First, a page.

The study reveals that emergency planners in coastal cities such as Shanghai and New York City are facing increasing pressure to protect elderly citizens from the devastating impact of coastal flooding caused by storms and cyclones. The analysis shows that there are two distinct systems of emergency operation in these cities, leading to significant differences in evacuating elderly people to safety. The experts recommend building more neighborhood shelters to reduce the time taken to evacuate vulnerable people in flood-threatened areas to safety. This blueprint for efficient evacuation planning could be used in similar flood-threatened cities around the globe, such as Mumbai, Bangkok, Jakarta, Ho Chi Minh City, Miami, and Tokyo.

The differences in evacuation patterns for elderly residents in Shanghai and New York City highlight the value of risk-informed, strategic evacuation planning for storm flooding. The travel times for New York City evacuation neighborhoods are significantly less than 20 minutes, while each trip of flood evacuations can take up to 3-4 hours in Shanghai. This is due to underserved vulnerable neighborhoods lacking shelters in close proximity. The uneven distribution of vulnerable people together with centralization of shelters leaves exposed neighborhoods underserved in extreme flood conditions. This calls for a more strategic approach to evacuation planning that takes into account the specific needs of different populations in coastal cities.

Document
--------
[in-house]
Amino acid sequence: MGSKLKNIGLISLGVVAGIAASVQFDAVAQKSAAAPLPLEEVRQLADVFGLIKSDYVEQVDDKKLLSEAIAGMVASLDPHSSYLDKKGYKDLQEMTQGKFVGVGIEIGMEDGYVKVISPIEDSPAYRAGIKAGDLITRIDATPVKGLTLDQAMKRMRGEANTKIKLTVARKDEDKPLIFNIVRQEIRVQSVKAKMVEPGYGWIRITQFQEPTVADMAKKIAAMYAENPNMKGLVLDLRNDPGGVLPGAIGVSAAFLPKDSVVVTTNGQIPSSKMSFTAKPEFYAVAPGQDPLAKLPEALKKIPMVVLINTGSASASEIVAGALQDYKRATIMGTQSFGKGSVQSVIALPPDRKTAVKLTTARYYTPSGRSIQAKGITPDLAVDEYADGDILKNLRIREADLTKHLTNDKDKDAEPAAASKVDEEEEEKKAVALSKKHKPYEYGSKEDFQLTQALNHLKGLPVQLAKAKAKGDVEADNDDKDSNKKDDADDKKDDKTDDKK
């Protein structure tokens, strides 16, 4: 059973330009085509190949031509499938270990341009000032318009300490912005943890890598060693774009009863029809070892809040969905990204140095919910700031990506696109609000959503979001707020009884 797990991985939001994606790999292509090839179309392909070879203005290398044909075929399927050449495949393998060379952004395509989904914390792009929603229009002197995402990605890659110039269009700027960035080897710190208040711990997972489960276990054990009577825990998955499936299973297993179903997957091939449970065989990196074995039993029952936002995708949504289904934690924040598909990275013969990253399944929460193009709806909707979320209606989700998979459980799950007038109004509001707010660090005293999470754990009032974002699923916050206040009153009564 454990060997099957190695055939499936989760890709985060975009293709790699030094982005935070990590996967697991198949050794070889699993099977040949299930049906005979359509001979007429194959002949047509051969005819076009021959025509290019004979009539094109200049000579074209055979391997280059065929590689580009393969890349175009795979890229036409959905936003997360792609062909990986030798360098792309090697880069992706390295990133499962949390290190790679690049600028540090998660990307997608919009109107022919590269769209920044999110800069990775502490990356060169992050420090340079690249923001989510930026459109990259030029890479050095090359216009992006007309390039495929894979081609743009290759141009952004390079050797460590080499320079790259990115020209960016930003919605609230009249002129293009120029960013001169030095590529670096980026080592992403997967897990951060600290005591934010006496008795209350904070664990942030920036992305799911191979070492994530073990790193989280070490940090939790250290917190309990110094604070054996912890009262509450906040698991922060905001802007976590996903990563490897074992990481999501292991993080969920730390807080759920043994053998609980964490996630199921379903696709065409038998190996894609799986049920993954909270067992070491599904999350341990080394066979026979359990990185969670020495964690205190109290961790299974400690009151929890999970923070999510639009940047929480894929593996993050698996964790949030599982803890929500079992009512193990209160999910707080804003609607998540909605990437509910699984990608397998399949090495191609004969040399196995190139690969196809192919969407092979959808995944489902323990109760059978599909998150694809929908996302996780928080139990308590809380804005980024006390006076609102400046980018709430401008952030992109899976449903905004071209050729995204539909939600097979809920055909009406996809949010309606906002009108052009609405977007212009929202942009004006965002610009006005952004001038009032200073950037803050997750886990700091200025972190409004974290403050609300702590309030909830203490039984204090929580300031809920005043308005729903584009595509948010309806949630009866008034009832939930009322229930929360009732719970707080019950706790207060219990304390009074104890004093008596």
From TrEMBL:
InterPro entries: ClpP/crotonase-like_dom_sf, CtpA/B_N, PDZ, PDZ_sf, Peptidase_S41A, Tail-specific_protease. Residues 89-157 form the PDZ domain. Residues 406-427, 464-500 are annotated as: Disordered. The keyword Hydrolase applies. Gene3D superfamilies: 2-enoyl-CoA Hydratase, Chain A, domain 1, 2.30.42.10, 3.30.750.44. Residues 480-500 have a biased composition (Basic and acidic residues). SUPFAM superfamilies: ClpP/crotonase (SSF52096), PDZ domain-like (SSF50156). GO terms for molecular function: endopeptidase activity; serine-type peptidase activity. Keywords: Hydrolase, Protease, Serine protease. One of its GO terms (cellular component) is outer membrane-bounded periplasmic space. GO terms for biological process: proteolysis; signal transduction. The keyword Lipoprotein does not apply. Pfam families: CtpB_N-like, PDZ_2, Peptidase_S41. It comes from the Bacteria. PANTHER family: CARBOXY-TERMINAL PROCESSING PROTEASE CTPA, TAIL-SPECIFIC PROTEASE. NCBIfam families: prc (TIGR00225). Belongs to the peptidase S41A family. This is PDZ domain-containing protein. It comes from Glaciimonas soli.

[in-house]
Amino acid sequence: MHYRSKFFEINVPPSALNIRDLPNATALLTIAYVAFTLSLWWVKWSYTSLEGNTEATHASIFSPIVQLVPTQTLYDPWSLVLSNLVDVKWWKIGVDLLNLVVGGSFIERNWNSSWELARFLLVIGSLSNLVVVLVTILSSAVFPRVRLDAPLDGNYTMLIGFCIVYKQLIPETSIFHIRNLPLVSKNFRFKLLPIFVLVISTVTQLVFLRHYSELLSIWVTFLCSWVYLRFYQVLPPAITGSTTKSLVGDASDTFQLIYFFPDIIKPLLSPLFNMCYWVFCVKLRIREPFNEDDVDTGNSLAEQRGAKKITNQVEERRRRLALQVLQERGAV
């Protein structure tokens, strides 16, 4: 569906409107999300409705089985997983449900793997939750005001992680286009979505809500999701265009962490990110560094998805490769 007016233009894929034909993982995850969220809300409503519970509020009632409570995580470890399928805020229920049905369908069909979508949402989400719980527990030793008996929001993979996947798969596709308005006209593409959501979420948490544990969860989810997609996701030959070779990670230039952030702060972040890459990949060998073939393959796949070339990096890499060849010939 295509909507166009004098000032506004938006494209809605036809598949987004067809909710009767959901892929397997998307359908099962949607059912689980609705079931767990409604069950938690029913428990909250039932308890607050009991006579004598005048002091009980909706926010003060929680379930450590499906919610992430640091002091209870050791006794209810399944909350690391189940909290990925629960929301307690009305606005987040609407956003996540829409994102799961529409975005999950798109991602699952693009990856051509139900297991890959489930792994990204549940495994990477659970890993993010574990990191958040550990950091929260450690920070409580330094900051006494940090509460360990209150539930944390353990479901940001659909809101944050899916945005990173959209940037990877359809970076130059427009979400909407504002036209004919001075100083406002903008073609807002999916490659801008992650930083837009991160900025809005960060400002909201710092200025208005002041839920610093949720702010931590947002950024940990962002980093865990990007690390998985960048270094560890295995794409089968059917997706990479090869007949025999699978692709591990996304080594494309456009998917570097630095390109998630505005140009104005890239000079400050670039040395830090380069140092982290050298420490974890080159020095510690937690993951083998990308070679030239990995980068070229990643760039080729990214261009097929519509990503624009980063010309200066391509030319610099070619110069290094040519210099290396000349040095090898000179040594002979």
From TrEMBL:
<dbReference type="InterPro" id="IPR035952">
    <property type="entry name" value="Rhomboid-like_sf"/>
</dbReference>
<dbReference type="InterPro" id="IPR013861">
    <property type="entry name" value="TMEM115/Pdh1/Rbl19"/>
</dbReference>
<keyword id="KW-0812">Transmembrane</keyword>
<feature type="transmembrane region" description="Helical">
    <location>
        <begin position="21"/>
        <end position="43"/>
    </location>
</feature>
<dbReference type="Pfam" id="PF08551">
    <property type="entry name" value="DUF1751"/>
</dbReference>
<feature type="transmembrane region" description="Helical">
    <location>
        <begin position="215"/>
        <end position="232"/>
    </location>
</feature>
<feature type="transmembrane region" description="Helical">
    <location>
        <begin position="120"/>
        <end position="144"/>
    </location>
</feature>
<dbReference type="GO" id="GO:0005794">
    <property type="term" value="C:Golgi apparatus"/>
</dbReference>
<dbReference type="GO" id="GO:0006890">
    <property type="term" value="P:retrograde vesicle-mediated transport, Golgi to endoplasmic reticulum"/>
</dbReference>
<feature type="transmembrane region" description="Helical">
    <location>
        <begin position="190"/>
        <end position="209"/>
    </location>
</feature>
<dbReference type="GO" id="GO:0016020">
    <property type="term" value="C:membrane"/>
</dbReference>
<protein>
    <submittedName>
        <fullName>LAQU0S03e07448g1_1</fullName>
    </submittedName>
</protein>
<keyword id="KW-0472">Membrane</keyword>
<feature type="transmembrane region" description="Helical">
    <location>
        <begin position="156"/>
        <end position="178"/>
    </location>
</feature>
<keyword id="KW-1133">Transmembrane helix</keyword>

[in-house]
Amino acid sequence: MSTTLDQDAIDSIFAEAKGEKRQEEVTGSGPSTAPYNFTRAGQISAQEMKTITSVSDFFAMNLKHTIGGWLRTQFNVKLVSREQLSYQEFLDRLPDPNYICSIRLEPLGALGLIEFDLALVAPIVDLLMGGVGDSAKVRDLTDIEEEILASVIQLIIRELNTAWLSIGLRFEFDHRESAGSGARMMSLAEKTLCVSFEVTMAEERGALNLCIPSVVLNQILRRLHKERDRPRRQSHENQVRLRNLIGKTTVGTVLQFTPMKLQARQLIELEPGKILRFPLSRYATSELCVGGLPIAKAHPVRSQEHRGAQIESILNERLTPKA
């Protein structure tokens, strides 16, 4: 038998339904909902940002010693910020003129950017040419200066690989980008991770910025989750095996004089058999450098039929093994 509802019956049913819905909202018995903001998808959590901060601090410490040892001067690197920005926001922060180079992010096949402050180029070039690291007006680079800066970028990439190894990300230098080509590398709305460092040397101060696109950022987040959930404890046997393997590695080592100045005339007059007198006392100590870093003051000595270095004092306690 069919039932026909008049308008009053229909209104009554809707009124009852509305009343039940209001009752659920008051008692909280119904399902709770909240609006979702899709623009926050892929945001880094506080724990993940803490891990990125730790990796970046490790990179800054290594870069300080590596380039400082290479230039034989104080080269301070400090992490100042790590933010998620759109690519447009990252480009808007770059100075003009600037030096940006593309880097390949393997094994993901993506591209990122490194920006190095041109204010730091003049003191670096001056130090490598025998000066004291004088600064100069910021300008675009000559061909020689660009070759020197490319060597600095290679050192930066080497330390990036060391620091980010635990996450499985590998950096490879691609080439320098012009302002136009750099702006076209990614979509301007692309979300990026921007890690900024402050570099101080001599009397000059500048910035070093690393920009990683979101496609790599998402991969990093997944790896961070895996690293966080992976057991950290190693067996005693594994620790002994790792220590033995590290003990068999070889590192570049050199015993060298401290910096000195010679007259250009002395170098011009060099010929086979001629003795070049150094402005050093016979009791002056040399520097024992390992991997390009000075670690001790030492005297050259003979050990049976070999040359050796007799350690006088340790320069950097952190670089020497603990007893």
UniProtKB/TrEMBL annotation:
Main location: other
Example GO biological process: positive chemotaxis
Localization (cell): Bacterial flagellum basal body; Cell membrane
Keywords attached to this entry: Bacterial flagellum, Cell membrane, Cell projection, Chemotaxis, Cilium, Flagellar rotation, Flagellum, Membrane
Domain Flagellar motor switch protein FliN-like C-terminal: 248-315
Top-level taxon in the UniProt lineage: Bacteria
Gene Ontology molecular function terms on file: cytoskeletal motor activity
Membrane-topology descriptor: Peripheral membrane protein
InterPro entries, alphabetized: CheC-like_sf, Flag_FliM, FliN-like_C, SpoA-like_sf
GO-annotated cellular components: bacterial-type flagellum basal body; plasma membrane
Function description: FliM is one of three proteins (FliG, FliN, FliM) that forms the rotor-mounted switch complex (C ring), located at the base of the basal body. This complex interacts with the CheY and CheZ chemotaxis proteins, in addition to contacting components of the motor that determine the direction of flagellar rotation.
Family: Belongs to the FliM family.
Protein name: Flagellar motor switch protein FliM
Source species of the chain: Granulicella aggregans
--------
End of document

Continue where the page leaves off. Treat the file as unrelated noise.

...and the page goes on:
The research emphasizes the urgent need for coastal cities to strengthen their emergency management processes in response to the increasing frequency and devastation of coastal flooding events. As climate-induced sea level rise, changes in storm characteristics, growing population and urbanization, and human-induced subsidence contribute to major impacts in low-lying coastal areas worldwide, it is imperative that emergency planners consider the effects of climate change on evacuation planning. The recent coastal flood catastrophes in cities like Shanghai, New Orleans, New York City, and Macau illustrate the vulnerability of coastal cities to storm surge flooding, both in developing and developed countries.

In the 136 largest coastal cities, the total population exposed to 100-year coastal floods is estimated to grow more than threefold by the 2070s. Economic damage from coastal flooding is also projected to increase significantly in the coming years. Without action, the expected number of people exposed to coastal flooding annually in Europe alone could reach 3.65 million by 2100. These projections underscore the urgent need for comprehensive and proactive measures to mitigate the impact of coastal flooding on vulnerable populations, including the elderly.

The findings of the study highlight the critical importance of efficient evacuation planning for protecting elderly citizens from the devastating impact of coastal flooding. By implementing strategic evacuation measures that take into account the specific vulnerabilities of different populations, coastal cities can better prepare for the increasing threat of storm-induced flooding. It is essential for emergency planners to prioritize the construction of neighborhood shelters and to consider the effects of climate change on evacuation planning to ensure the safety and well-being of vulnerable populations in the face of coastal flooding.


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